In an effort to get rid of the gulls without harming them, a variety of strategies were implemented. The one that interested me was the decision to allow dogs to visit the wetlands off-lead.
The article says: The species of birds and frogs that frequent the site have doubled to more than 51. Of the 48 bird species that visit, 42 are native. Six of those, including the dusky moorhen, Pacific black duck and Australian grebe, have started breeding at the site. So far, three species of frog have been recorded at the wetland: the common froglet, spotted marsh frog and striped marsh frog. Melbourne Water senior biodiversity scientist Will Steele said he wouldn't be surprised if turtles started arriving too... Dr Steele said the native birds...seemed willing to put up with dogs if they kept a safe distance.
I hope the dog owners who visit the wetlands will realise they have a responsibility to make sure their pets do keep a safe distance. I guess there would be signs telling them the dogs can't swim there. That's how it often is in wetlands.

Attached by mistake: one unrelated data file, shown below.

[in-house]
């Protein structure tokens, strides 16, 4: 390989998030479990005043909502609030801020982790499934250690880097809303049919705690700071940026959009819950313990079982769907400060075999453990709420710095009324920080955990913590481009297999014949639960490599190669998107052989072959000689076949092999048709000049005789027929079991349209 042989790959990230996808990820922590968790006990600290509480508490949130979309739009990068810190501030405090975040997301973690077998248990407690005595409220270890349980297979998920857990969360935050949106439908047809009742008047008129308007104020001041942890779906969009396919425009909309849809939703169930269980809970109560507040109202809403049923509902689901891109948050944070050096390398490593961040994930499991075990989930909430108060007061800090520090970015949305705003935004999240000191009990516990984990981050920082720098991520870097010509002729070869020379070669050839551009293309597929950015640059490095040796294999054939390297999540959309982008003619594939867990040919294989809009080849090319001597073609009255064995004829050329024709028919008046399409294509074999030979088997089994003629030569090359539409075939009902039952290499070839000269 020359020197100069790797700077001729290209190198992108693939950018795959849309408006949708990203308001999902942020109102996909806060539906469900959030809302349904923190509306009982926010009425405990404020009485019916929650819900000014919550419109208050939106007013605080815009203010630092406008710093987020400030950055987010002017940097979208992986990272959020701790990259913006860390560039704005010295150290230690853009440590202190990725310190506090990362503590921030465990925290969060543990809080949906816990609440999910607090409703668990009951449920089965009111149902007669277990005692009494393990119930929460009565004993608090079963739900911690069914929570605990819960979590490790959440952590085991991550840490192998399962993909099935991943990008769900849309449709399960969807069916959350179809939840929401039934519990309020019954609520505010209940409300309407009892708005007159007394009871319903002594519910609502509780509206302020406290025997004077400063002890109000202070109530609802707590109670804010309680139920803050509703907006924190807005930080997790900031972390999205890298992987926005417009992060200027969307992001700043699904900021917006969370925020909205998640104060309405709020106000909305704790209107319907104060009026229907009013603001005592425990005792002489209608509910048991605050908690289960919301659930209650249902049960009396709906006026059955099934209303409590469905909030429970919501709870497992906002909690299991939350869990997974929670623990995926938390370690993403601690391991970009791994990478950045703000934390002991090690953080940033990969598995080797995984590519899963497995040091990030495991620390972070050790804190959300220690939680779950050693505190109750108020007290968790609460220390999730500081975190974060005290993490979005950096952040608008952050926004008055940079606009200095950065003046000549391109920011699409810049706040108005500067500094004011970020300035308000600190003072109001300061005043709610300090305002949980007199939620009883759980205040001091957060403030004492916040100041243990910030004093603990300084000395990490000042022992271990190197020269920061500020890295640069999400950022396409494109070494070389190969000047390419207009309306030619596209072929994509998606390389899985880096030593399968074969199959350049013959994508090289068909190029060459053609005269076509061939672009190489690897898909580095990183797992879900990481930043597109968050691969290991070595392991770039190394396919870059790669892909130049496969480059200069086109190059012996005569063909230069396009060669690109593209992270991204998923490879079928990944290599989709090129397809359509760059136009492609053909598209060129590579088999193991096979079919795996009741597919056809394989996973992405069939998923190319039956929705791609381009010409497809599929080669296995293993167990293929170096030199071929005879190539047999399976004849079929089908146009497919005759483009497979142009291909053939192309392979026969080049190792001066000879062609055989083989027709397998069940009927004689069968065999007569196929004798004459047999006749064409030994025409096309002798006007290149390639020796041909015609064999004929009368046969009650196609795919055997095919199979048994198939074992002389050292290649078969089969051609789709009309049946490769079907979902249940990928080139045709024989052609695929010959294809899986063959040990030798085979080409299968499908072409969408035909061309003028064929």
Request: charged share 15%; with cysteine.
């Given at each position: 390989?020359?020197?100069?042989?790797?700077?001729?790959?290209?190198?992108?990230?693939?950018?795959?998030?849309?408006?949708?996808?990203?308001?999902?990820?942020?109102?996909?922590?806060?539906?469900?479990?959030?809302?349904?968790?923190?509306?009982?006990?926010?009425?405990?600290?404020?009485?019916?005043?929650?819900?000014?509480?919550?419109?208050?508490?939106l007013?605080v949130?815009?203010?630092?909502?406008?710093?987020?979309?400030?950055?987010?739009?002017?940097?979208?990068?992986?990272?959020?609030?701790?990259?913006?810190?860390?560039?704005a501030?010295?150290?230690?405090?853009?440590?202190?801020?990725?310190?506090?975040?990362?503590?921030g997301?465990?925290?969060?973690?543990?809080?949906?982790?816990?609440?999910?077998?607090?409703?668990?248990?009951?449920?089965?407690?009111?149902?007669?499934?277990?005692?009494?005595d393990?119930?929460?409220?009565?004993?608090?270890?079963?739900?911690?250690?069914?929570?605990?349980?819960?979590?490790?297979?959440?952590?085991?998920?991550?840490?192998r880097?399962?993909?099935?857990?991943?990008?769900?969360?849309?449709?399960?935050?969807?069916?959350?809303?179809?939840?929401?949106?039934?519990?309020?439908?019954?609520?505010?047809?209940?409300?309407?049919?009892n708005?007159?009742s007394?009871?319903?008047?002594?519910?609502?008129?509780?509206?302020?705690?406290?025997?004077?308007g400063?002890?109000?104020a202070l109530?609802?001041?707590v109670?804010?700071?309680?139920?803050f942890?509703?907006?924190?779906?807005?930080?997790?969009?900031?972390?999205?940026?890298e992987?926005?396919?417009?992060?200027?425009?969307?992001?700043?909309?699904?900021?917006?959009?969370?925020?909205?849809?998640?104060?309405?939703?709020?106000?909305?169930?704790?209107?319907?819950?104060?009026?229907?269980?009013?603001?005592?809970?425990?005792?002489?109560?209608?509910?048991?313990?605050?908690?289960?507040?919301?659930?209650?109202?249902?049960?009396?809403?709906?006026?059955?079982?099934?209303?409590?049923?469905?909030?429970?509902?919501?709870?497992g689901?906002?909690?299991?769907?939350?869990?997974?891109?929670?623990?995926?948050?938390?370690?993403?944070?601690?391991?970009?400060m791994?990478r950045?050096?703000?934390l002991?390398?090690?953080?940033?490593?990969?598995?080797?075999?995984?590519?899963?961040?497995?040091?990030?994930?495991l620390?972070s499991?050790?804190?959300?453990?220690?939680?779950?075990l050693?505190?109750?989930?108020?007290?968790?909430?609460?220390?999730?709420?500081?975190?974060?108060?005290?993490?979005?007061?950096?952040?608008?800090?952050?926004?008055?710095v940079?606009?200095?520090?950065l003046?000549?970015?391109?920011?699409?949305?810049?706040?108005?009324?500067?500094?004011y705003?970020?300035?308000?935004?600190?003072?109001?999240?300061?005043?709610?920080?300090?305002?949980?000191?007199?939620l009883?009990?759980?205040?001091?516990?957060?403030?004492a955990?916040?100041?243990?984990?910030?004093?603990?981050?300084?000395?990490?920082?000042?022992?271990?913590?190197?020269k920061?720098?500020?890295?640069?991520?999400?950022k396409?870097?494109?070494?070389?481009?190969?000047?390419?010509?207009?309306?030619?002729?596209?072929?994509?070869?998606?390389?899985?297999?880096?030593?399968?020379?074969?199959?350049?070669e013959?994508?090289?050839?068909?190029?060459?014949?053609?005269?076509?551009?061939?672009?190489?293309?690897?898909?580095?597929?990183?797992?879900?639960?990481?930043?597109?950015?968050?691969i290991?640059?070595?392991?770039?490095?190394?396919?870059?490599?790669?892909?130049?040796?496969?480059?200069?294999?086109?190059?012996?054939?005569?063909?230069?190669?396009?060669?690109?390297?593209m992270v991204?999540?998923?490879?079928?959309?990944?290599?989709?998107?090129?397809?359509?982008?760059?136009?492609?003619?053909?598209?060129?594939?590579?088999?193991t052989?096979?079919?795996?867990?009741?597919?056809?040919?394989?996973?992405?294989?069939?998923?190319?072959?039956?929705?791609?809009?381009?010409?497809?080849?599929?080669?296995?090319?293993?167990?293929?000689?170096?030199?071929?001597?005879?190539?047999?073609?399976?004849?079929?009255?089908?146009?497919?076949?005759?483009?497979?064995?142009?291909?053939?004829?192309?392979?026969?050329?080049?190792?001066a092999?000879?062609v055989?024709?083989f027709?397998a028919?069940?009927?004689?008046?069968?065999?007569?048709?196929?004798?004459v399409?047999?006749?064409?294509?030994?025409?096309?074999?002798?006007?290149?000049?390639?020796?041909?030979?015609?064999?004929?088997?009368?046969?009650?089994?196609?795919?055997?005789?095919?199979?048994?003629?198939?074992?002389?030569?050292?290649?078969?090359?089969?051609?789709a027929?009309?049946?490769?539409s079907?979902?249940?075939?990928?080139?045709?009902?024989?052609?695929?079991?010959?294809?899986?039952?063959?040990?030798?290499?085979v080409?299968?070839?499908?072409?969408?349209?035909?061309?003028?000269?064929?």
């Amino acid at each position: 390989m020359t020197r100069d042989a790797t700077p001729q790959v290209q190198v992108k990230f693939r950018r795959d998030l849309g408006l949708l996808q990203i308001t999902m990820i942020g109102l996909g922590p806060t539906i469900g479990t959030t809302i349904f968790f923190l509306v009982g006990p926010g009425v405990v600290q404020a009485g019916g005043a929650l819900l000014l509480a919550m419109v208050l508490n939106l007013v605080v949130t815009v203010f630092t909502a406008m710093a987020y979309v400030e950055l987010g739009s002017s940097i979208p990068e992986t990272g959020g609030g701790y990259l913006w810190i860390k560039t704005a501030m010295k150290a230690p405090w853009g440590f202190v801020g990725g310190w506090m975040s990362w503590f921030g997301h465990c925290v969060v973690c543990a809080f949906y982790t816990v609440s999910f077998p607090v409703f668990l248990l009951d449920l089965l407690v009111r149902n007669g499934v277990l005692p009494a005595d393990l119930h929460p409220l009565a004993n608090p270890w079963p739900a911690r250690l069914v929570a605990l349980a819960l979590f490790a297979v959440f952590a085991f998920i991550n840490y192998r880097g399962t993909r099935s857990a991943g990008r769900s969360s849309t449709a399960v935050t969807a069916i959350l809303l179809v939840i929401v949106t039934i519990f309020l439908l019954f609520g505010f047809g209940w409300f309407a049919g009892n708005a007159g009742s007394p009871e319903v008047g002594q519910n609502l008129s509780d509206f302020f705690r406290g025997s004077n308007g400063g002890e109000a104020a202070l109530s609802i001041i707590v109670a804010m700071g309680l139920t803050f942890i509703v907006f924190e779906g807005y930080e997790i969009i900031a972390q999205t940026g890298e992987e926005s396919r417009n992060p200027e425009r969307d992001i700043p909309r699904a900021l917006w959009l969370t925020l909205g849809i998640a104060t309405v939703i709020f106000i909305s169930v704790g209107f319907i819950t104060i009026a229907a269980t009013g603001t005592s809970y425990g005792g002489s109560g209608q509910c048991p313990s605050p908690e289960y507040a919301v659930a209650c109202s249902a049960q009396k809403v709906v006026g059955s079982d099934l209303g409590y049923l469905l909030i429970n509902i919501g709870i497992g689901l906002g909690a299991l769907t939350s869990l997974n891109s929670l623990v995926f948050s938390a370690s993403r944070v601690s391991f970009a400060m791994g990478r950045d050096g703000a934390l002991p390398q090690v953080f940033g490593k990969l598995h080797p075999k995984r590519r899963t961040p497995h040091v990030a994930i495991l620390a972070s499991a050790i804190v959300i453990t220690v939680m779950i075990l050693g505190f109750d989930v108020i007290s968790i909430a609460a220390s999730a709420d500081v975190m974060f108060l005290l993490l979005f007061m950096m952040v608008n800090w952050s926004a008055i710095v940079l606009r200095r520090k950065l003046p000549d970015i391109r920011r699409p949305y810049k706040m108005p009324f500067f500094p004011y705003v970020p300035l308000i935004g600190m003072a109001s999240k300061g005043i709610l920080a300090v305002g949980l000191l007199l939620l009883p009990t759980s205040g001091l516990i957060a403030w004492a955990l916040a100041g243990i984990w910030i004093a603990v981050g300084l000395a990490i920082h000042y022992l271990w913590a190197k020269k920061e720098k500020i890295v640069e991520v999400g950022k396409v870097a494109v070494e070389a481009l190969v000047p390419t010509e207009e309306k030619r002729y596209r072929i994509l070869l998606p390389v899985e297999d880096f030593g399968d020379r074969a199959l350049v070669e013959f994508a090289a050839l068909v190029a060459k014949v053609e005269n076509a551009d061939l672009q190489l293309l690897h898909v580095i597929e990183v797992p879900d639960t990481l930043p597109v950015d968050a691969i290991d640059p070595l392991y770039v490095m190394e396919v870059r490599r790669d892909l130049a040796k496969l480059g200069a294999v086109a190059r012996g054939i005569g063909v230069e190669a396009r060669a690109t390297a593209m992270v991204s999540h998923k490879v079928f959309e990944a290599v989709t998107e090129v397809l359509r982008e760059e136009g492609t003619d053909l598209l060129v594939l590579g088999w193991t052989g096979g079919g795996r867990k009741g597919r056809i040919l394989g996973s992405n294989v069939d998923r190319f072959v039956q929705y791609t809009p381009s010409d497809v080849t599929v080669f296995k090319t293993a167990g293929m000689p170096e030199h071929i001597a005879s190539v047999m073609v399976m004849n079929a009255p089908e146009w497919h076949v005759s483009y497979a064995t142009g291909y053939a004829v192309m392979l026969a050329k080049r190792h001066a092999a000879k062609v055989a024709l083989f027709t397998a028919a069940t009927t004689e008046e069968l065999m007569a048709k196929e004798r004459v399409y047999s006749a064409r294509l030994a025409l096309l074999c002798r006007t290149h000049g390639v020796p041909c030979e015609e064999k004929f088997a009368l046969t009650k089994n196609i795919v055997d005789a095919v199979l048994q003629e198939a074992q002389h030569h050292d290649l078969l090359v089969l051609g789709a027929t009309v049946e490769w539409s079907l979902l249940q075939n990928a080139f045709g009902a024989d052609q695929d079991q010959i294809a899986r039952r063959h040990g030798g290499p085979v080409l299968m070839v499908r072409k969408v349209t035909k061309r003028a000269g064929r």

Penny rarely takes notice of birds. I'm not sure whether it's because she frequently swims in creeks and rivers amongst water birds and walks past land birds...
or whether it's due to all the training in her early years, being rewarded for ignoring birds.
However, we would never assume that she's not going to attack a bird. There's a first time for everything, so we remain vigilant.
If you click the the link in the first line, above, I think you'll enjoy the whole article, and especially the video clip of the wetlands, where you can see an off-lead dog walking past.